That’s What Friends Are For …

FriendsI don’t remember who my first friend was, besides my older brother. Our family says we were inseparable when we were very young. I remember swimming with Rick, taking naps with him, dressing up for church with him, going on picnics with him, fighting over who got to sit on the highly coveted arm rest in the back seat of our great grandmother’s Cadillac.

There were days of fishing, walking through empty lots, sitting on buses, going to movies, visiting relatives, and just playing around the house. Sometimes people would come over and visit and older kids would spend time with me and Rick but I don’t remember them. Their just blurry faces without names.

Maybe my first best friend was a boy named Edward. His family lived across the hall from my family and we were in the same grade at school. I think sometimes we were in the same classes. We played after school and on the weekends and ran around and got into trouble together. One day Rick, Ed, and I decided to walk down the street to visit a city park. It was a pretty cool park, as I recall, with neat stands of trees that the kids could hide and play in, an attendant who gave out games and toys, and the occasional visiting clown and puppet show.

So the three of us set off down the street and Ed’s mother came out to give him a candy bar. “Don’t be a litter bug,” she admonished him as we walked off. Well, needless to say, once we were out of site, he wanted to throw down his candy wrapper and I wanted to turn him to the Mothers’ Litter Bug Patrol. I must have shouted “Ed’s being a litter bug!” half the afternoon.

We were friends about 2-1/2 to three years and then my family moved. Eventually, we settled in another town and I went to another school. I didn’t really get along with the other kids or know who they were until the morning the principal announced birthdays and put my name on the list. This big scary kid with his arm in a cast walked up to me, slapped me on the arm, and said, “Happy Birthday, Michael! Now you’re one of us”.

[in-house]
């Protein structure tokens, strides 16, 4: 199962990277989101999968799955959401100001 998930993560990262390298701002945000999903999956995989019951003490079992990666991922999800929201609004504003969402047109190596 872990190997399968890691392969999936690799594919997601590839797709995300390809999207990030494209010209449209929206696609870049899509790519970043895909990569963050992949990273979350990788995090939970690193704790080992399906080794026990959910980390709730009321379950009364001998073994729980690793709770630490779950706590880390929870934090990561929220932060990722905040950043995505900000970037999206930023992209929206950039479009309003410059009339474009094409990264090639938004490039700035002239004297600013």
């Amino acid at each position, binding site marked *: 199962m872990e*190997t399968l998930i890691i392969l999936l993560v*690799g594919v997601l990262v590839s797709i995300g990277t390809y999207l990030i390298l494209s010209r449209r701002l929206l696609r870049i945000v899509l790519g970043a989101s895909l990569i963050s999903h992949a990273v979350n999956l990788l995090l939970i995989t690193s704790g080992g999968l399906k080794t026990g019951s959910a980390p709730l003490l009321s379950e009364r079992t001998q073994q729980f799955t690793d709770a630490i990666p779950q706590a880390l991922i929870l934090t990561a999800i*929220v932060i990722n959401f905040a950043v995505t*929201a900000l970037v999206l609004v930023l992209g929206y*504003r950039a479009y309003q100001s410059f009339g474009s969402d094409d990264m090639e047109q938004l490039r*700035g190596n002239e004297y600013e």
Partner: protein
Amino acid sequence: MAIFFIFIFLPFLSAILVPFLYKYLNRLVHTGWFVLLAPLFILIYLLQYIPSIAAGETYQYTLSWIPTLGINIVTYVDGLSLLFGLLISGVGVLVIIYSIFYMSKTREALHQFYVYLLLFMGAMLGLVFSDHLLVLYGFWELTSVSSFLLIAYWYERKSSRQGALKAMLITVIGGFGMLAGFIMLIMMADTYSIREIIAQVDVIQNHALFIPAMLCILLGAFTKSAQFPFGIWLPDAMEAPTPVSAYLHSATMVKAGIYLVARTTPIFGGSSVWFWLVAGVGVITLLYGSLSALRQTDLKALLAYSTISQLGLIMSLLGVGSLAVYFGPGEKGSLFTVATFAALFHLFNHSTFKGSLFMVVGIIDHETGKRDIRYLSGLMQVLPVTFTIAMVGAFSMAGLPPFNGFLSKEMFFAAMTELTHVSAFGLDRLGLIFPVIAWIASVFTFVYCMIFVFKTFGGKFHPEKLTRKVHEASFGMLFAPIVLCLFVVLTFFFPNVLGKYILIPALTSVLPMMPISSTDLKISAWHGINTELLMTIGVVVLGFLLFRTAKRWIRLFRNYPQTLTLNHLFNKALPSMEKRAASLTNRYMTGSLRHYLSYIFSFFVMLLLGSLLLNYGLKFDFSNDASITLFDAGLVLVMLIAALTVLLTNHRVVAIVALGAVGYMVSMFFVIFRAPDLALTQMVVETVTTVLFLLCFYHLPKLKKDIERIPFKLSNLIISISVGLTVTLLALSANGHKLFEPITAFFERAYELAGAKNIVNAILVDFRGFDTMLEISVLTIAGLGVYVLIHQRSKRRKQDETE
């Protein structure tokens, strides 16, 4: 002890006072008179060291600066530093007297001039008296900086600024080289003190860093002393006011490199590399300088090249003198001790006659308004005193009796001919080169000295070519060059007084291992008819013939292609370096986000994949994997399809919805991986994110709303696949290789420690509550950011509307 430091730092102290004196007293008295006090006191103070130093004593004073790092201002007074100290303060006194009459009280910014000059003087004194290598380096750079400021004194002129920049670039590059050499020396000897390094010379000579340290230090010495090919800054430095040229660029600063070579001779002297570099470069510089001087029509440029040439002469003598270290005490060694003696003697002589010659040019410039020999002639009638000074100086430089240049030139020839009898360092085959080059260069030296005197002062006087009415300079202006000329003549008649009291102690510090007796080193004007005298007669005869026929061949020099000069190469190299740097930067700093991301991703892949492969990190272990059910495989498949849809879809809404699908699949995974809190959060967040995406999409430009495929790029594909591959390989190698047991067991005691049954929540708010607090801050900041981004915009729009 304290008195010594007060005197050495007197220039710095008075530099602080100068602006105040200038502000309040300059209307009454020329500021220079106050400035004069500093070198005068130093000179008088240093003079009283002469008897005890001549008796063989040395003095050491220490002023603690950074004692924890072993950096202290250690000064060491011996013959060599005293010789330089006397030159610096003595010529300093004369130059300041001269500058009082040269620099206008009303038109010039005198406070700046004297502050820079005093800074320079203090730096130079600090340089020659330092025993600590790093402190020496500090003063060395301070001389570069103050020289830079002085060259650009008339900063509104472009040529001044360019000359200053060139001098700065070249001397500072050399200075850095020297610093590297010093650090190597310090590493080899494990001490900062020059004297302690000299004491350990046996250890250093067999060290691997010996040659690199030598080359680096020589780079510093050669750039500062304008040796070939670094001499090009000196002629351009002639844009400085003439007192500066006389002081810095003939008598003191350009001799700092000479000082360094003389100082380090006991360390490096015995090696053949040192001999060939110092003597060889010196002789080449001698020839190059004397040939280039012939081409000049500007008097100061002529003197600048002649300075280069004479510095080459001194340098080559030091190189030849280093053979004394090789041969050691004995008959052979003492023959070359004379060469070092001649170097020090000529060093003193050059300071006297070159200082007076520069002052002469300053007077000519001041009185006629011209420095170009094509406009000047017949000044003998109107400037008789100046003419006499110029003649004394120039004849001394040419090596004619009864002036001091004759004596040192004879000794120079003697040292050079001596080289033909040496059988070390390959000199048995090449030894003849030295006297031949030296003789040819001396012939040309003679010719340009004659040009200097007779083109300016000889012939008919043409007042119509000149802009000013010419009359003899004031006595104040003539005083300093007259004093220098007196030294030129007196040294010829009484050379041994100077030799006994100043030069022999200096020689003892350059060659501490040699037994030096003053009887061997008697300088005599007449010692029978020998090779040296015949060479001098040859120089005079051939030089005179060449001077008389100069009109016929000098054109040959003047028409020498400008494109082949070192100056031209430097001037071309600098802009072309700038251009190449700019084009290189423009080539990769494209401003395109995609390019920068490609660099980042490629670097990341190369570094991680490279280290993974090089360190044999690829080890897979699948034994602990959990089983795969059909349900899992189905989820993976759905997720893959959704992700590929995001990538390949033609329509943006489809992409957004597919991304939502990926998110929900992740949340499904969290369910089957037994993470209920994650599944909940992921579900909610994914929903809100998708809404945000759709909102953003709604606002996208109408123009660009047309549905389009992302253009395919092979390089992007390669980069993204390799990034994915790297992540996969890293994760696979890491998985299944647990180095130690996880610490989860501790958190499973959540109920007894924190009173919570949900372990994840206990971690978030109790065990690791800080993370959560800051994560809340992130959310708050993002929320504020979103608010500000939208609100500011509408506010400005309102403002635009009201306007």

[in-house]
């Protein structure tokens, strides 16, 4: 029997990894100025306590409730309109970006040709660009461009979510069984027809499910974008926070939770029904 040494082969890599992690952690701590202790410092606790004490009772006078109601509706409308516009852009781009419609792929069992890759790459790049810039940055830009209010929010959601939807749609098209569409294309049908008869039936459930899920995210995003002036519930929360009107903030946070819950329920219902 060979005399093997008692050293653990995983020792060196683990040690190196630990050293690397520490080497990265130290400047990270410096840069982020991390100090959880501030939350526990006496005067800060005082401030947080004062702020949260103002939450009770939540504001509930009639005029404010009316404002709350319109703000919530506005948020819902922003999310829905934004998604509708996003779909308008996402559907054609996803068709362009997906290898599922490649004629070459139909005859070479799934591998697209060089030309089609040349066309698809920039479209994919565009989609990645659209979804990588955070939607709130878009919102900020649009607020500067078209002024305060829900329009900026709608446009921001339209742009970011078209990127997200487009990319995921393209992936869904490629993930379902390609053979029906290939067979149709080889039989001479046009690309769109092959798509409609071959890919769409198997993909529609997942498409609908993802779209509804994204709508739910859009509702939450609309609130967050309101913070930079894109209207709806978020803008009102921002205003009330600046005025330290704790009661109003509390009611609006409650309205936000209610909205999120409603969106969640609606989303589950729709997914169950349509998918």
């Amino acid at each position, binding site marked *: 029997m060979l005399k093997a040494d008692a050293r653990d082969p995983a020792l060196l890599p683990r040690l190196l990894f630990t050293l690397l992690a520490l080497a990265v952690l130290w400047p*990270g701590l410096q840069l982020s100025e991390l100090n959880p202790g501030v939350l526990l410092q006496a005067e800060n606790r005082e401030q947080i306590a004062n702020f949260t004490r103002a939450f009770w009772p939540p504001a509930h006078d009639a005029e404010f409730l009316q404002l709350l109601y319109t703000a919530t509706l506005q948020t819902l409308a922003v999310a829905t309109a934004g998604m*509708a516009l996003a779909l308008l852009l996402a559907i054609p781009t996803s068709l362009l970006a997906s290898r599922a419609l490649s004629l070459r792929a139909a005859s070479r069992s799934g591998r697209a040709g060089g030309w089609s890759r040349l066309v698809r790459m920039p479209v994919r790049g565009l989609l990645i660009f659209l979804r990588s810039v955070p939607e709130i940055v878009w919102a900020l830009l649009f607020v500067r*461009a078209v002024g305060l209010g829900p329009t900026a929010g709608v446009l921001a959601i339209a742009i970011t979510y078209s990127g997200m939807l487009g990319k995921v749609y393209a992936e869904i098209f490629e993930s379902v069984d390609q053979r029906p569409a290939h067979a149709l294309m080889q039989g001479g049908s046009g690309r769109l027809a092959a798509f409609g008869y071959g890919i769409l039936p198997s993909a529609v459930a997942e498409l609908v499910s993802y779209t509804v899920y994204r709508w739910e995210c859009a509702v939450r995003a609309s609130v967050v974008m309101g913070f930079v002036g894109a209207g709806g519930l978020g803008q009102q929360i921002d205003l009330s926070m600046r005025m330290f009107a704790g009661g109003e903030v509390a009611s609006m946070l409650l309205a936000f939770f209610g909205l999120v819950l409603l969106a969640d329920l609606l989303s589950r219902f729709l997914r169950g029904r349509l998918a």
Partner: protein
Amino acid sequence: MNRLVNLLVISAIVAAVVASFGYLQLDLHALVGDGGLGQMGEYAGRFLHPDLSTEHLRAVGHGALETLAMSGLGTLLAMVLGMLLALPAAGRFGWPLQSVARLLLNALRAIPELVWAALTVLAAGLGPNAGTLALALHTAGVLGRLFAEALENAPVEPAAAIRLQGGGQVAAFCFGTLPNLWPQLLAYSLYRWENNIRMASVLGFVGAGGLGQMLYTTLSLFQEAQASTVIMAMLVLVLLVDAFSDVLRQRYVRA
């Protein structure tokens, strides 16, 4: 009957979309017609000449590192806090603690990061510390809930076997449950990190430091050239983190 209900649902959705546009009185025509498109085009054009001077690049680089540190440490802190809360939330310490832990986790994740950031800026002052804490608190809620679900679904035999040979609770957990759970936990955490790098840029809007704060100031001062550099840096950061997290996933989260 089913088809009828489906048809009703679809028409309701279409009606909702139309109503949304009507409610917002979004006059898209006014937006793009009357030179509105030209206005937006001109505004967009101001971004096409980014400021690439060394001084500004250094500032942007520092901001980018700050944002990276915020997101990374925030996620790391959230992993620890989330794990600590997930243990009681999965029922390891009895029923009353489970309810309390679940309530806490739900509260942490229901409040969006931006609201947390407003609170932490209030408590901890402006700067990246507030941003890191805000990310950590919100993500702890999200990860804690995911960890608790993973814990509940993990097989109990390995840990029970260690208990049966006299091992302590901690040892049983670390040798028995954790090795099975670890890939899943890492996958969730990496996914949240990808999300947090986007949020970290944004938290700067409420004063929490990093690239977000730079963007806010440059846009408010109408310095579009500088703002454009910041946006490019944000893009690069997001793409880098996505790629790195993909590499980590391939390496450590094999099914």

Us was the 9-year-old fourth-graders as opposed to the 8-year-old fourth-graders. As I recall, the kids in that school made a big deal about when you were born. Their pecking order was based almost entirely on birth order. Naturally, the oldest kid in the class was the leader. He’s probably road-kill on the highway of life by now, but that’s beside the point.

Somehow, someway, I overcame my fear of the big scary kid in the cast and learned to be his friend. It helped that his older brother befriended my older brother, so we often spent a lot of time together, older brothers sort of looking out for younger brothers and younger brothers keeping each other occupied and out of the older brothers’ ways. We had some great times with those guys, and there were some sad times. I remember when their dog, an Irish Setter, was hit by a car. I never thought I’d see a big scary kid cry, but Steve — the older brother — was mature enough to let his tears flow freely.

We were walking down the street one day, toward Steve and Johnny’s house, when we saw smoke coming from their garage. A car had caught fire and it burned part of the house. Steve and Johnny’s parents decided to renovate the garage and turn the front section into a pub. They immediately had the coolest house in the neighborhood, and I got to visit it almost any time I wanted to because I was Johnny’s friend. That was my first lesson in life about “It’s not what you know but who you know.”

A year later and my family had moved again. I tried to stay in touch with Johnny because my grandparents lived close to his family, but I made a new friend. I don’t recall how I met him, but Keith and I started exploring the city of Miami Beach as only a 10-year-old and 9-year-old boy could do (he was older, so he was sort of the leader, but I was beginning to assert myself by this time). There was no neighborhood where we were afraid to go. I got into a few fights by crossing the wrong boundaries, but my adventures were endless.

Half the stuff we did was probably illegal. Maybe all of it. We’d steal seltzer bottles and have water fights. We’d sneak around people’s backyards to look at their landscaping (they had some cool houses back then). We explored new buildings under construction, condemned buildings not yet torn down, empty houses no one knew what to do with, and hotel swimming pools. It was easy for a group of kids to go swimming in any hotel swimming pool. All we had to do was show up and act like we were there with mom and dad. It was scary the first time and boring by the third pool (too many people in it, too much salt water).

Sometimes Keith and I would accompany my older brother Rick and his friends, and sometimes we’d hang with other friends. There came a day when we were downtown somewhere and ready to go home. I flagged down a passing bus, jumped on, paid my fare, and turned around. Keith was standing in the street. “Come on!” I said.

“I have no money,” he replied. “I’ll see you later.”

I looked back at the bus driver and he said, “Make up your mind, son, but I can’t give you a refund.”

Without thinking I leaped down into the street and the bus drove off. “Why did you do that?” Keith asked me as we set out on a 3-mile walk.

“Because you’re my friend,” I said. “That’s what friends do, isn’t it?”

I hope so.

Through the years, I’ve had many friends come and go. I move around a lot and it’s hard to stay in touch with them. But the best friends I’ve had never stopped to think about how quick and easy the ride home could be. They always jumped down into the street to be with me, ready to face the next adventure, whatever that might be.

That’s what friends are for, isn’t it?